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Cabbagetown

Cabbagetown, a district in east-central Toronto, the general boundaries of which are the Don River on the east, Parliament St on the west, Gerrard St on the north, and Queen St on the south.

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Cabot Strait

Cabot Strait, the passage between southwest Newfoundland and Cape Breton Island. Named for explorer John Cabot, it is 110 km wide between Cape Ray, Nfld, and Cape North, NS.

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Cache Creek

Cache Creek, BC, incorporated as a village in 1967, population 1040 (2011c), 1056 (2001c). The Village of Cache Creek is located in the dry belt of the southern interior of British Columbia at the junction of highways 1 and 97, 84 km west of KAMLOOPS.

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Caledon

Caledon, Ontario, incorporated as a town in 1974, population 59 460 (2011c), 57 050 (2006c). The Town of Caledon is located 15 km northwest of Toronto.

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Calgary

Calgary, Alberta, incorporated as a city in 1894, population 1,239,220 (2016 census) 1,096,833 (2011 census). The city of Calgary is situated on the Bow River in southern Alberta, about 220 km north of the American border at the meeting point of the Western prairies and mountain foothills. It is the financial centre of western Canada, based on its key role in the development of the region’s oil and gas industry. With its panoramic backdrop of the Rocky Mountains and its historic association with cattle ranching and oil exploration, Calgary is one of Canada’s most identifiable cities.

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Cambridge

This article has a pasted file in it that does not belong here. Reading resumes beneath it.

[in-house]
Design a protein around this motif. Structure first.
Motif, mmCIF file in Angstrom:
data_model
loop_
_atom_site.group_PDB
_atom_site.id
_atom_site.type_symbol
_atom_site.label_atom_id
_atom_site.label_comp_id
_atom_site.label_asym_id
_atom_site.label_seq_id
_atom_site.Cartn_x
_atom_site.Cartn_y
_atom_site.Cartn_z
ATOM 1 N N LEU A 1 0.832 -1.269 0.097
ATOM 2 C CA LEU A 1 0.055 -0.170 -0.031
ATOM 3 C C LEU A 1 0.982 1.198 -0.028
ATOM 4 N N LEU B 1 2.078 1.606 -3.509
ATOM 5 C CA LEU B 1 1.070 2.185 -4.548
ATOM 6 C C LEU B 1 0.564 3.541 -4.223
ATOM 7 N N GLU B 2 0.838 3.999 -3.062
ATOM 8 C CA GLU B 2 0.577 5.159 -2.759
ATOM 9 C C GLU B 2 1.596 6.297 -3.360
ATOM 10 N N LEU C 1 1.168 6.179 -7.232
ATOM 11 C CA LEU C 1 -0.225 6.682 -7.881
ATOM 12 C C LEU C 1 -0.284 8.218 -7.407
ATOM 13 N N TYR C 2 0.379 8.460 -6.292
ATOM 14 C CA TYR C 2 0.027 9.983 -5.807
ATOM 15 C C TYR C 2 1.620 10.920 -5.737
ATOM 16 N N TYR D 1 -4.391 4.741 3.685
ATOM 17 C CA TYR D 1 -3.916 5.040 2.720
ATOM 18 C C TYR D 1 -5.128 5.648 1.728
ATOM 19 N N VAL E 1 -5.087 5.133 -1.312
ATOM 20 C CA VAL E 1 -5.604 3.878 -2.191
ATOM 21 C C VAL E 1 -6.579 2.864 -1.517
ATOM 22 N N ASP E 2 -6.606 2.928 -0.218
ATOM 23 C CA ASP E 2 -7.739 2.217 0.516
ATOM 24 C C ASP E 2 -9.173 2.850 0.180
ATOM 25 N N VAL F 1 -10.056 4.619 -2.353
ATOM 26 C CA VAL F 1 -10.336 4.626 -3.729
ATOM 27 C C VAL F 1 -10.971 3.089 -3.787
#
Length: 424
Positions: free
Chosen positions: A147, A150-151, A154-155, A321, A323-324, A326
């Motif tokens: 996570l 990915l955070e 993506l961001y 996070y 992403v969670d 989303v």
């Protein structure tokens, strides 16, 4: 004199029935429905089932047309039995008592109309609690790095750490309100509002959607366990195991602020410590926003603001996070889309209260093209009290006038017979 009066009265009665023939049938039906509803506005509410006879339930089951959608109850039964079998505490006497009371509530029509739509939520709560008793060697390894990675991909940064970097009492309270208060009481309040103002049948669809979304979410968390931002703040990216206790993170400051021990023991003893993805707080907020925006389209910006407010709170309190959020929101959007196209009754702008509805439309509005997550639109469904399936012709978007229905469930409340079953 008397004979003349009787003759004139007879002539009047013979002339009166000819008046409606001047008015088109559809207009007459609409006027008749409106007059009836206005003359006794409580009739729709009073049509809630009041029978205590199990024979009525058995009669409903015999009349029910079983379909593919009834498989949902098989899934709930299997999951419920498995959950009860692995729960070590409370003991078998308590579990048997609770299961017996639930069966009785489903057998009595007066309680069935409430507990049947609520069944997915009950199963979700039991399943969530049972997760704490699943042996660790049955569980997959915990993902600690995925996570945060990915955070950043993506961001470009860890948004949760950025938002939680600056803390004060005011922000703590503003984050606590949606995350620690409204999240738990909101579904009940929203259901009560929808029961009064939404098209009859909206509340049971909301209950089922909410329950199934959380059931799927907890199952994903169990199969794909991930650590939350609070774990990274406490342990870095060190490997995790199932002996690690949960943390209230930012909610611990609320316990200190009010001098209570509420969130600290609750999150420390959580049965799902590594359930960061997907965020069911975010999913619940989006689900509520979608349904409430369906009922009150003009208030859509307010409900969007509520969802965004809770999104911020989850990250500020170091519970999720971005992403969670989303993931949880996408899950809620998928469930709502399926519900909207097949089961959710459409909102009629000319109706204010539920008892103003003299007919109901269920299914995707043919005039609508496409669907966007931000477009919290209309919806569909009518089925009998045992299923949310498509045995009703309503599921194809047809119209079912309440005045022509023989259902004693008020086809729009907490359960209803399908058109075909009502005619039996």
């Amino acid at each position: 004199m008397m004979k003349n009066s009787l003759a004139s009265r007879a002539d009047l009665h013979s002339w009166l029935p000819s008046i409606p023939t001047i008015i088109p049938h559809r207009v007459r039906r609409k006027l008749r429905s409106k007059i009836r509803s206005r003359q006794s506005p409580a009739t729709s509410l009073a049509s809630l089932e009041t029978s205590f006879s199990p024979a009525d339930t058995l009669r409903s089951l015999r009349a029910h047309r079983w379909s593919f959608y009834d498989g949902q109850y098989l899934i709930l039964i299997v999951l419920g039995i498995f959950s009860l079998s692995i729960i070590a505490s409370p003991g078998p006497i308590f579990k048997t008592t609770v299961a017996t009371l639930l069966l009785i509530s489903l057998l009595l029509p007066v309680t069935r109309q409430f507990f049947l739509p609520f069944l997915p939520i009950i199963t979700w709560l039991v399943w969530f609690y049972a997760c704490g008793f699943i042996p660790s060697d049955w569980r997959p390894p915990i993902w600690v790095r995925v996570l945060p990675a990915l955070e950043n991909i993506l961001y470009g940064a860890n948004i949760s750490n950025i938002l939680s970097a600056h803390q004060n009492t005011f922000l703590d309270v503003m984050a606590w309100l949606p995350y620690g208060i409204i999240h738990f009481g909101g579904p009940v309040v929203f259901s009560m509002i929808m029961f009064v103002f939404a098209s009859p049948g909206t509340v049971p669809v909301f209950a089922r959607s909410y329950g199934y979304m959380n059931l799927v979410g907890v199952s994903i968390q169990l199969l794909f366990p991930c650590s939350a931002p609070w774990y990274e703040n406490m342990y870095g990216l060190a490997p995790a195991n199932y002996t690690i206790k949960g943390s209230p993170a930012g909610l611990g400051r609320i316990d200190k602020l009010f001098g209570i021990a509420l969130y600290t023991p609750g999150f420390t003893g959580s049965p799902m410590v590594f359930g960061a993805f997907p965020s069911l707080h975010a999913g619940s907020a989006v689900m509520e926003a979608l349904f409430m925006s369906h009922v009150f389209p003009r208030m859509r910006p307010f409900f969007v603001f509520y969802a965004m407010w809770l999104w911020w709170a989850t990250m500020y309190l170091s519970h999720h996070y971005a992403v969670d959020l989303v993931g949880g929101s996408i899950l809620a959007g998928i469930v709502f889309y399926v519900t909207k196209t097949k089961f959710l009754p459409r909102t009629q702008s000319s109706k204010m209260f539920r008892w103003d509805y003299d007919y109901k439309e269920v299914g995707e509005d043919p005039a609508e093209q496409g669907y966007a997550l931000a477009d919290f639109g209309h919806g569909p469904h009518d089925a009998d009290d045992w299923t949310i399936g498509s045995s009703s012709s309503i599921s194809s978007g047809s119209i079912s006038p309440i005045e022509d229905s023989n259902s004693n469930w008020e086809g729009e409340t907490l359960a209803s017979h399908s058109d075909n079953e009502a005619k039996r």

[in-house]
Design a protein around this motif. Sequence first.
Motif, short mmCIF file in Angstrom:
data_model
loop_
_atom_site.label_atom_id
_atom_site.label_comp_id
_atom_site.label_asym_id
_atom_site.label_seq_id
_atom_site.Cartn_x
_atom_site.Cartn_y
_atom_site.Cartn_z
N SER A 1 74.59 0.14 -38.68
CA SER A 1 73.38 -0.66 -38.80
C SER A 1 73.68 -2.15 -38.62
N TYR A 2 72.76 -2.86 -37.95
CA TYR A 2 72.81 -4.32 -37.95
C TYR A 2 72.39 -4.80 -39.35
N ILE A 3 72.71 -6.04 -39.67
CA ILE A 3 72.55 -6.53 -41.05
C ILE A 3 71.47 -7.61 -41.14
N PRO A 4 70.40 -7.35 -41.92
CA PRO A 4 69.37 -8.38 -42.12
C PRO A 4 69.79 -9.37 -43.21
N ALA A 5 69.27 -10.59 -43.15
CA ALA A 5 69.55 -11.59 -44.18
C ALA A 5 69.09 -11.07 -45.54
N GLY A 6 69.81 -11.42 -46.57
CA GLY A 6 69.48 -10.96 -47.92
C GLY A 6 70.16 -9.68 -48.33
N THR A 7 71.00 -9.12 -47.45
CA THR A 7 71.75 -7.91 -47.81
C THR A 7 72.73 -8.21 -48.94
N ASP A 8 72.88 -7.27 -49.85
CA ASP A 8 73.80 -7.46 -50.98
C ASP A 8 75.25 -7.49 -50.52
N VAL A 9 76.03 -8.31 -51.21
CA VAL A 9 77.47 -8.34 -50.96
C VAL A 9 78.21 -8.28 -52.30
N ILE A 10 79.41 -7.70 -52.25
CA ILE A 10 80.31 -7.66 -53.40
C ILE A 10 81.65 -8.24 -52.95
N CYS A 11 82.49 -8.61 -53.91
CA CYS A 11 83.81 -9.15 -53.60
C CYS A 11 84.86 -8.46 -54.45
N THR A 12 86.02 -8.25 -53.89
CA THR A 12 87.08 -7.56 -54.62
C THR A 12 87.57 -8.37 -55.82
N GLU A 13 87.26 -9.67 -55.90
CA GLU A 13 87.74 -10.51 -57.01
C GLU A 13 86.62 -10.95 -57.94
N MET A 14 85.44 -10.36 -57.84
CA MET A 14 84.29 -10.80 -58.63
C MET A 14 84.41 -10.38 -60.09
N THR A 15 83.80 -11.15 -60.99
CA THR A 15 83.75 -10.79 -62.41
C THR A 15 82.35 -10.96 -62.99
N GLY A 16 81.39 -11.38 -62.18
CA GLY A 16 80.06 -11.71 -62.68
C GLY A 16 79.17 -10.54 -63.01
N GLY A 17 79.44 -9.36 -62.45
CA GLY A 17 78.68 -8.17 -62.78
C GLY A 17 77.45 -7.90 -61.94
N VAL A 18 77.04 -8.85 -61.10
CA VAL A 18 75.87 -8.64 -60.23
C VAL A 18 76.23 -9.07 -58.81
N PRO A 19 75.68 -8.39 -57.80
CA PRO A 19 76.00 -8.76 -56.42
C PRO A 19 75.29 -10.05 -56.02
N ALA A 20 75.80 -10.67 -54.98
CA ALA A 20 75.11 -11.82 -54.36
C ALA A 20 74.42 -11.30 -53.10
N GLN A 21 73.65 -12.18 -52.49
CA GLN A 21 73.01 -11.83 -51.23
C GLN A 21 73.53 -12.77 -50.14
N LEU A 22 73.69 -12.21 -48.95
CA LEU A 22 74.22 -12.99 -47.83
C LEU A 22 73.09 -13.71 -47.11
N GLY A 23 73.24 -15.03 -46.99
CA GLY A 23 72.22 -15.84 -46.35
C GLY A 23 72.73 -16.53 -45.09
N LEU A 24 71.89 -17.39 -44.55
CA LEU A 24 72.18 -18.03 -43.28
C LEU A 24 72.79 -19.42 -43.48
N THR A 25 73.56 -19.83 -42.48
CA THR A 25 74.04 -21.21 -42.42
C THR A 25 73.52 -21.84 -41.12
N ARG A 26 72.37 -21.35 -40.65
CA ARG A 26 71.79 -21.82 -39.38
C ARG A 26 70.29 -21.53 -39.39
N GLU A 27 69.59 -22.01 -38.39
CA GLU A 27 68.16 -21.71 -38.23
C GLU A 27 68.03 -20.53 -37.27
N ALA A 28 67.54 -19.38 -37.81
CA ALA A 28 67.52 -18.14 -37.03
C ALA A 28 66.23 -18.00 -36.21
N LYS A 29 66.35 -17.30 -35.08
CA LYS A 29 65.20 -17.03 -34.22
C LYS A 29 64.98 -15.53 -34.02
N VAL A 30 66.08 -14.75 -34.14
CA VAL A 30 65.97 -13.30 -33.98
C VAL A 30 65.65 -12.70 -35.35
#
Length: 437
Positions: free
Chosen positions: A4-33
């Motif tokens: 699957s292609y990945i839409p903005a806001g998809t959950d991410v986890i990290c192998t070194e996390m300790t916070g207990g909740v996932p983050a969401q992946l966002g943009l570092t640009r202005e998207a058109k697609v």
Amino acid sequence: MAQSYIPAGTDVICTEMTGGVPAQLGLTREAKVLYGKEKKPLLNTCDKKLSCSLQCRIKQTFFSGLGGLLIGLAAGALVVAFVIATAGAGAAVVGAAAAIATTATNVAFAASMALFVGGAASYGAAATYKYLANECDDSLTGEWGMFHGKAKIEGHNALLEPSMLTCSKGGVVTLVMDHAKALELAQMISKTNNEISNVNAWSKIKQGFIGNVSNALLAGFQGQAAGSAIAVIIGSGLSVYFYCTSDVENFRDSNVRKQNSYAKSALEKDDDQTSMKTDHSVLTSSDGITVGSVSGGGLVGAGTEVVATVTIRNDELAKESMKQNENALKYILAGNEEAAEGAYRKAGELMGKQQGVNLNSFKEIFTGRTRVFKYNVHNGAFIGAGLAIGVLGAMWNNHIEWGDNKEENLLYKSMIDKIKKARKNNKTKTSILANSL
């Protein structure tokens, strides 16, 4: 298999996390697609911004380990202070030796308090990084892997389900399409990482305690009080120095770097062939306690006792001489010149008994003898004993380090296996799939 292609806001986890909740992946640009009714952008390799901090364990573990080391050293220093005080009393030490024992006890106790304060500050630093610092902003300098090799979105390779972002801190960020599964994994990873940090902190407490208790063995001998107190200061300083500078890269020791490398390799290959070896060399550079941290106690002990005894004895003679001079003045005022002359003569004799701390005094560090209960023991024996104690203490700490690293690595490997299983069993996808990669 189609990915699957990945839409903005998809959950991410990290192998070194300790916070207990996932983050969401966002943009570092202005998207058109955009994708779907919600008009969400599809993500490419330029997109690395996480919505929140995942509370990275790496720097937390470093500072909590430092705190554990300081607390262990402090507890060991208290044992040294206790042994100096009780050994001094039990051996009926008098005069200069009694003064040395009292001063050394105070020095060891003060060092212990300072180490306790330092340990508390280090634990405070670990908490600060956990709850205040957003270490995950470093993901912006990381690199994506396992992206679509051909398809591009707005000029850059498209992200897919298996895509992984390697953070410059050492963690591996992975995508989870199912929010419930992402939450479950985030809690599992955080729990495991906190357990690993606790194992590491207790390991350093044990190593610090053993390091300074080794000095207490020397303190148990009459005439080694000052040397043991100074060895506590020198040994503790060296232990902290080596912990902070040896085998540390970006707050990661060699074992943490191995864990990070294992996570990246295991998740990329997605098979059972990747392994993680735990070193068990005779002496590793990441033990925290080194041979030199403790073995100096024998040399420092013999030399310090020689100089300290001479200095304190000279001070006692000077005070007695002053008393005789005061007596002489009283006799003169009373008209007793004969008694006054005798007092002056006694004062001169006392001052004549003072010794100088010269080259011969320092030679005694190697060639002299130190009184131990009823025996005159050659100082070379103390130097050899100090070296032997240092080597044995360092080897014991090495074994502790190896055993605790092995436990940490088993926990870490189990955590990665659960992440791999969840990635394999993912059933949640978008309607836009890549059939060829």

Cambridge, Ont, incorporated as a city in 1973, population 126 748 (2011c), 120 371 (2006c). The City of Cambridge, located along the GRAND RIVER, 55 km northwest of Hamilton near KITCHENER-WATERLOO.

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Cambridge Bay

Cambridge Bay, Nunavut, incorporated as a hamlet in 1984, population 1608 (2011c), 1477 (2006c). The Hamlet of Cambridge Bay is located on the southeast coast of VICTORIA ISLAND.

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Camp X

Camp X — a popular name that reflects the secrecy surrounding its activities — was a training school for covert agents and a radio communications centre that operated close to Whitby, Ontario, during the Second World War. It was the first such purpose-built facility constructed in North America. Known officially as STS (Special Training School) 103, Camp X was one of several dozen around the world that served the needs of the Special Operations Executive (SOE), the British agency created in 1940 to “set Europe ablaze” by promoting sabotage and subversion behind enemy lines. The radio communications centre, with its high-speed transmitter known as Hydra, was closely linked with British Security Co-Ordination (BSC), the New York-based agency directed by the Winnipeg-born businessman William Stephenson. Soviet defector Igor Gouzenko was hidden there after his defection in September 1945.